Syrian U of S professor finds safety for family in Saskatoon

From daily fears of armed conflict to the calm Saskatchewan prairies, this year has been a journey for one Syrian woman living in Saskatoon.

'I was so happy to have this chance,' says Rana Mustafa

Rana Mustafa wanted a better life for her two children, 10-year-old Anas Mohamad (pictured) and daughter Sana, 17, when she moved from Syria to Saskatoon for a job at the University of Saskatchewan. (Julianne Hazlewood/CBC News)

From daily fears of armed conflict to the calm Saskatchewan prairies, this year has been a journey for one Syrian woman living in Saskatoon.

Rana Mustafa landed in the Bridge City in February, with her two children in tow, to start a job researching food science at the University of Saskatchewan.

She now considers the city her second home. But she endured two long, and sometimes frightening, years in Syria while she waited to find a job and secure a visa to work in Canada. 

Before the war started, Mustafa lived with her family in Homs, where she also worked as a lecturer and researcher in the food engineering department at Al-Baath University. They stayed in the city until it became too dangerous for the children to go to school. 

Eventually, their schools were bombed in airstrikes, as was Mustafa's former home.

Forced to leave Homs

"It was so dangerous and it was the first place where the war was started so my apartment, my faculty where I was working, was all destroyed," she said.

Mustafa and her family eventually moved out of the city, but she continued to work in the city when she could.

She started looking for a scholarship to help her find a job in Canada, where she wanted to take her family to safety. 

Speaking to CBC Radio's Saskatoon Morning on Tuesday, she recalled the moment she got the good news from the University of Saskatchewan. 

"I was so happy to have this chance to come and to work in a good and safe place," she said.

"It was so, it's not similar to another day, because I waited for that two years. I [worked] two years to get the scholarship and the position, and one year to get a visa."

Back in Syria

Mustafa's husband and her entire family are still in Syria, so they try to stay in touch online.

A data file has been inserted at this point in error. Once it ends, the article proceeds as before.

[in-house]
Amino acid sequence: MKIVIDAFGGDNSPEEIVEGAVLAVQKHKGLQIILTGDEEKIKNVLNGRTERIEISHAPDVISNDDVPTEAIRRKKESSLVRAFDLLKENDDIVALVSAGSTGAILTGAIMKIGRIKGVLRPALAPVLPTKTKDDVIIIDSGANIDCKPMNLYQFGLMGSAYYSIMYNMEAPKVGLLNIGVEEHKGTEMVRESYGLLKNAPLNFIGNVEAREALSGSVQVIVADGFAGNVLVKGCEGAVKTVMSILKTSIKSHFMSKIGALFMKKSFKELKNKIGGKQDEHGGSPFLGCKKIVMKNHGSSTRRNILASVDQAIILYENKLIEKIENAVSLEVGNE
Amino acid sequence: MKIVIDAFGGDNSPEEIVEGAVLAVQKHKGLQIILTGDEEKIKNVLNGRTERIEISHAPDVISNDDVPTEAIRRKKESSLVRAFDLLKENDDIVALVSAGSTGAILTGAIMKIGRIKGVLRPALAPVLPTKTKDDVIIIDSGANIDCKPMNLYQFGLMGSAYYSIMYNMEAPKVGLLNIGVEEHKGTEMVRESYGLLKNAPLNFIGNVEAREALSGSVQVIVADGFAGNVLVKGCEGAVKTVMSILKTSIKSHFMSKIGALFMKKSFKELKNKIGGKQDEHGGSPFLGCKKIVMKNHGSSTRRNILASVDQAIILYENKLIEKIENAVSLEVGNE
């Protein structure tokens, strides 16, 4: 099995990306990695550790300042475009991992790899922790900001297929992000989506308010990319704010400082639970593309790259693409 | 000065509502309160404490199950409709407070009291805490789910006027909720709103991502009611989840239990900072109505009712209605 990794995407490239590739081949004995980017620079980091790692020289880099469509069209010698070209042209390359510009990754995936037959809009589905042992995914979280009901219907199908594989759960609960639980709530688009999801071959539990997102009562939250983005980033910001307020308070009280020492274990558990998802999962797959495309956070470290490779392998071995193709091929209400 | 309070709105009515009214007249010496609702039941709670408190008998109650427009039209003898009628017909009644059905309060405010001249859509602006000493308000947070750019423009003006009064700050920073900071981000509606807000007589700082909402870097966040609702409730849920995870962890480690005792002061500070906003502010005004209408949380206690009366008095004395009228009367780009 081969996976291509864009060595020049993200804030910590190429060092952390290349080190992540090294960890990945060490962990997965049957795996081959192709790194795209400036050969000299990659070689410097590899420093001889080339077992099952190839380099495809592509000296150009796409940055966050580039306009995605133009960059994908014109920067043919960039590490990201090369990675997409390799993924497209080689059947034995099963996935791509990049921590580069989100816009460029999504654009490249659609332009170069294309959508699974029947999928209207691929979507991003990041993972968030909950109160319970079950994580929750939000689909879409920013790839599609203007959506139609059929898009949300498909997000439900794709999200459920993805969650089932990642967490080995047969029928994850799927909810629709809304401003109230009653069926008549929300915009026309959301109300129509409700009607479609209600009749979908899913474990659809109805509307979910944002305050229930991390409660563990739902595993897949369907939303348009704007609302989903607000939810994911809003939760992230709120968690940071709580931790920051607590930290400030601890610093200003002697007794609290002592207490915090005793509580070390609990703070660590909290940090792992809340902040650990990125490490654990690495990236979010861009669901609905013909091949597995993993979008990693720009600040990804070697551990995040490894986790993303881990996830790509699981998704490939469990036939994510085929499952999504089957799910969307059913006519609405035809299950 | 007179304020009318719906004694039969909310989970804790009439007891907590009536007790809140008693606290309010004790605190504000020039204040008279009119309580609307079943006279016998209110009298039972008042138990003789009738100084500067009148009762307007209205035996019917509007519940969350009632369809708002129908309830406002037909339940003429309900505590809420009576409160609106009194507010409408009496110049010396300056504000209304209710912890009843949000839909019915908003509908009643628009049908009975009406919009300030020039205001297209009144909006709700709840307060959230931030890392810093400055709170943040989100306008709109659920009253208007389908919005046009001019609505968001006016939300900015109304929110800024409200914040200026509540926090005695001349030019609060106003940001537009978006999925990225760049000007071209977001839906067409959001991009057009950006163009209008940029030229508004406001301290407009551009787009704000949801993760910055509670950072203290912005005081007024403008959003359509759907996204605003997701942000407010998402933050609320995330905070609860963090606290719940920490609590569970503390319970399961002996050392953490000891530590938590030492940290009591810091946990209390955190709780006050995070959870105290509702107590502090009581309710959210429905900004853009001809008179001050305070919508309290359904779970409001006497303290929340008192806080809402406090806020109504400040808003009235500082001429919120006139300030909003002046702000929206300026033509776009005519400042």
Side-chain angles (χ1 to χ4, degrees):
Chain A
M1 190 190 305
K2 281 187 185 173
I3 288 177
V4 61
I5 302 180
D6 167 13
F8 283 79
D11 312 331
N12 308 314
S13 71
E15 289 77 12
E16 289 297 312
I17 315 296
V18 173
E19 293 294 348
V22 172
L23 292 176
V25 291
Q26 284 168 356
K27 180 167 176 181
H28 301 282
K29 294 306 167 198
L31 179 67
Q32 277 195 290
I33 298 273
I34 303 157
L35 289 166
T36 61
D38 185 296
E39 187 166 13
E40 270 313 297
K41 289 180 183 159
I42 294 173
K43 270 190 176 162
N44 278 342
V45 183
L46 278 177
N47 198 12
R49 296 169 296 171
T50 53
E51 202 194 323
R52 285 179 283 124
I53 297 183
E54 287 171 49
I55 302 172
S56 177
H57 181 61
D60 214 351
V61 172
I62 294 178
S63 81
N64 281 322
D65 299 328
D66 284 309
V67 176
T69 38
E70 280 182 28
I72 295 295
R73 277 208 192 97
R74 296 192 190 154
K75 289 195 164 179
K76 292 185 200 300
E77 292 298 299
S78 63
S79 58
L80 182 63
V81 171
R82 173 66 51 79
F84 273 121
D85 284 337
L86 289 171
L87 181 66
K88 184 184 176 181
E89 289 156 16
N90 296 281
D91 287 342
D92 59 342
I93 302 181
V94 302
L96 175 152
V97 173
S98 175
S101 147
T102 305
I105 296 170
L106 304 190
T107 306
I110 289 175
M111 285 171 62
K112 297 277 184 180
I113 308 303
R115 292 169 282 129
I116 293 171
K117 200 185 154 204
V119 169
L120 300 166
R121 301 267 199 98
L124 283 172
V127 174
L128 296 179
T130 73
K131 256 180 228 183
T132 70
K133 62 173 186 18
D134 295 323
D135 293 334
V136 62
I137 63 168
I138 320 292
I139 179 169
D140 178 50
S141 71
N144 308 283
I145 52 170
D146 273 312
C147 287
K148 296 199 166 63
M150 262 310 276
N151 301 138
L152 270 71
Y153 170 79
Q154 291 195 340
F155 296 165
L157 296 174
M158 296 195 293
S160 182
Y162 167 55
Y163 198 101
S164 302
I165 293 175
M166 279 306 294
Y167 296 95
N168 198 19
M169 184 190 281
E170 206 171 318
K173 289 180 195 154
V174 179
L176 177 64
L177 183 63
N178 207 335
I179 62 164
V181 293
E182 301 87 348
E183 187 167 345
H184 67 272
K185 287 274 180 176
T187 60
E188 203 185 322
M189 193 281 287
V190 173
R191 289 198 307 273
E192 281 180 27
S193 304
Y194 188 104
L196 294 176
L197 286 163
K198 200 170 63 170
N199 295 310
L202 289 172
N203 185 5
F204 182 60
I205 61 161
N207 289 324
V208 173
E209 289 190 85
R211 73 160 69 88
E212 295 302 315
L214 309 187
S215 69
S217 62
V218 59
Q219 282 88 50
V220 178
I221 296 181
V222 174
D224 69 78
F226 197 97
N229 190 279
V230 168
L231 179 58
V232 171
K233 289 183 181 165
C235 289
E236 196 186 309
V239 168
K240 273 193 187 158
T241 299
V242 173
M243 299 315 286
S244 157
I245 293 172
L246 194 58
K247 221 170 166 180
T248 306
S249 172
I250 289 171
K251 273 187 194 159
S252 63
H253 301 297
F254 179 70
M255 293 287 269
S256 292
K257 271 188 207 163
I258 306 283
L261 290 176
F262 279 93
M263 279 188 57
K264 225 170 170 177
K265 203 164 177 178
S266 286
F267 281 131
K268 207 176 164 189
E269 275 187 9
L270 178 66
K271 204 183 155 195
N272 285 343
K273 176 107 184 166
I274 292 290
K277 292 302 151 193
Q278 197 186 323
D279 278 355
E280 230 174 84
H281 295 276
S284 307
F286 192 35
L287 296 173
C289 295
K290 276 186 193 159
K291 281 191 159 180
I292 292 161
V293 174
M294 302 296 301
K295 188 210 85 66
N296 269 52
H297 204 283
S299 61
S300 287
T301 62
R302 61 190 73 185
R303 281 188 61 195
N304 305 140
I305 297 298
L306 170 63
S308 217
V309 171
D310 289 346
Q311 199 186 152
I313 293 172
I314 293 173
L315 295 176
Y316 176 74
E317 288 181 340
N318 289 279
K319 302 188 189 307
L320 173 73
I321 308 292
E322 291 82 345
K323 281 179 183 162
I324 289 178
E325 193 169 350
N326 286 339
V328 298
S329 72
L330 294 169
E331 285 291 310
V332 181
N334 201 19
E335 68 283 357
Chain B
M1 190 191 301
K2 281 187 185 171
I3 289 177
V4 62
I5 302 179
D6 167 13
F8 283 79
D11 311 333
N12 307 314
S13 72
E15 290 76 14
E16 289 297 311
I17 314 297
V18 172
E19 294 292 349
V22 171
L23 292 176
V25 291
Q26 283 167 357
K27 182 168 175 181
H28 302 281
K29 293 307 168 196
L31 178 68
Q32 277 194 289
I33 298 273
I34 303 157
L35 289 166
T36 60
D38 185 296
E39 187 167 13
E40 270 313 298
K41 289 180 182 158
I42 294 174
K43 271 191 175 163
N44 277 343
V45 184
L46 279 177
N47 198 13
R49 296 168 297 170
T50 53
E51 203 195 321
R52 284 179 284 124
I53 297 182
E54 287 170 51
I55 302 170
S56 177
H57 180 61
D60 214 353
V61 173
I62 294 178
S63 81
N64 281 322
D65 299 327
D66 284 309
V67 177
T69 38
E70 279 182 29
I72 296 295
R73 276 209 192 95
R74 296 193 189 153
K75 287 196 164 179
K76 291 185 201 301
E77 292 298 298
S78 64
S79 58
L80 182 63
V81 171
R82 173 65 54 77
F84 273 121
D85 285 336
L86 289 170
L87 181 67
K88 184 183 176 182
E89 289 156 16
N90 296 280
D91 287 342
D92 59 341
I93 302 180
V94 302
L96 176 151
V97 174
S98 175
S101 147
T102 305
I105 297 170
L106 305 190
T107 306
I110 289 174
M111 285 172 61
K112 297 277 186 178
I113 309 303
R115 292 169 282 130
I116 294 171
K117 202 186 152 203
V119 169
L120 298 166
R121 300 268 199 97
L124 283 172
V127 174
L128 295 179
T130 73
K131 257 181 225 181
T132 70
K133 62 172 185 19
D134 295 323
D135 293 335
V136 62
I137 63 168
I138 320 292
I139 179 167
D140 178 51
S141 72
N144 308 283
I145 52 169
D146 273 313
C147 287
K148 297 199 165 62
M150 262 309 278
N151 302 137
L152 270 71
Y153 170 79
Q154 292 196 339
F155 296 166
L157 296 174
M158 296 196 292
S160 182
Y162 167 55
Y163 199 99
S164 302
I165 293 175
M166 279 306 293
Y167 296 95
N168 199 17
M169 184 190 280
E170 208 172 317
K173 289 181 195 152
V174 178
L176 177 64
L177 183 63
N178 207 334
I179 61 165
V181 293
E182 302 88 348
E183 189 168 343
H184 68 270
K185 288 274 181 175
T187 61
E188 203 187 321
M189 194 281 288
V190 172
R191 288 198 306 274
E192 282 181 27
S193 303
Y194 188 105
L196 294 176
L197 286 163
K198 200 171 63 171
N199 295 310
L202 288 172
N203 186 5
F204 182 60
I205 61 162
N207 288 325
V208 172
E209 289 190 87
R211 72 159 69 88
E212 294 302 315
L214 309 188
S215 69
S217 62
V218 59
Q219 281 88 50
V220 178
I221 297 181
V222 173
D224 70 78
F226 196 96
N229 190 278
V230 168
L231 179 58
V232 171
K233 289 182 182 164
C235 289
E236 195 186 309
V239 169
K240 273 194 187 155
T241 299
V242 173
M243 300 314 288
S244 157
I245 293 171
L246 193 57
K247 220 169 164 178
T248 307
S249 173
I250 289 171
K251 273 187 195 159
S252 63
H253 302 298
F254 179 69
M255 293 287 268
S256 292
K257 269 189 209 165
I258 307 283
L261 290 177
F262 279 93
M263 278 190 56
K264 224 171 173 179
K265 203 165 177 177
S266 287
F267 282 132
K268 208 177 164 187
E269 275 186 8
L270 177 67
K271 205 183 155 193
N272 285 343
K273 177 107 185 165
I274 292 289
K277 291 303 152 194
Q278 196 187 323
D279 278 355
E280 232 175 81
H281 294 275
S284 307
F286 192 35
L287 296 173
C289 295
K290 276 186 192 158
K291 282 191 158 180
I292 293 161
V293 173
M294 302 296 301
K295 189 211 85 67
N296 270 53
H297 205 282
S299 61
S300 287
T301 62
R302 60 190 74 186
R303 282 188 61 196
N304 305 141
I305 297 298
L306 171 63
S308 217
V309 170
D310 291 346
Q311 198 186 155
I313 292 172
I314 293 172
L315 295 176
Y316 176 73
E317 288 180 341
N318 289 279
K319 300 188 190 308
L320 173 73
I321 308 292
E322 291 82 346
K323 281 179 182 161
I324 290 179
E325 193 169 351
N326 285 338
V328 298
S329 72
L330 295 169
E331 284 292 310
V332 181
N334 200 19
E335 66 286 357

Her son Anas Mohamad, 10, said he was young when the war started but he remembers some of the things that changed. 

"When I was small, because we had those malls that are now bombed," he said.

"They were awesome, like you go and it was fun shopping in them. When the war came, we couldn't go to them." 

When the war started to cut off electricity to Syrian families, Mustafa bought instruments that her family could play without power. 

Mohamad learned to play the oud and has memorized the notes to O Canada since he arrived in Saskatoon. 

He said he was reluctant to move to Canada at first but changed his mind when he thought about his educational opportunities. 

Home away from home

Mustafa said she plans to go back to Syria and help her country rebuild when the war is over. 

At the University of Saskatchewan, she's currently working on two projects with connections to Syria. 

The first project has her using a Syrian fast food made from chickpeas and fava beans to develop a meat substitute.

The second project is the development of a healthier snack that could help malnourished children, including those in Syria.

She believes her children are enjoying life in Canada as well.

"They are so happy, so grateful to be in Canada, and from the first day when they came, because their level of English was good, so they didn't have any problems," she said. 

With files from CBC Radio's Saskatoon Morning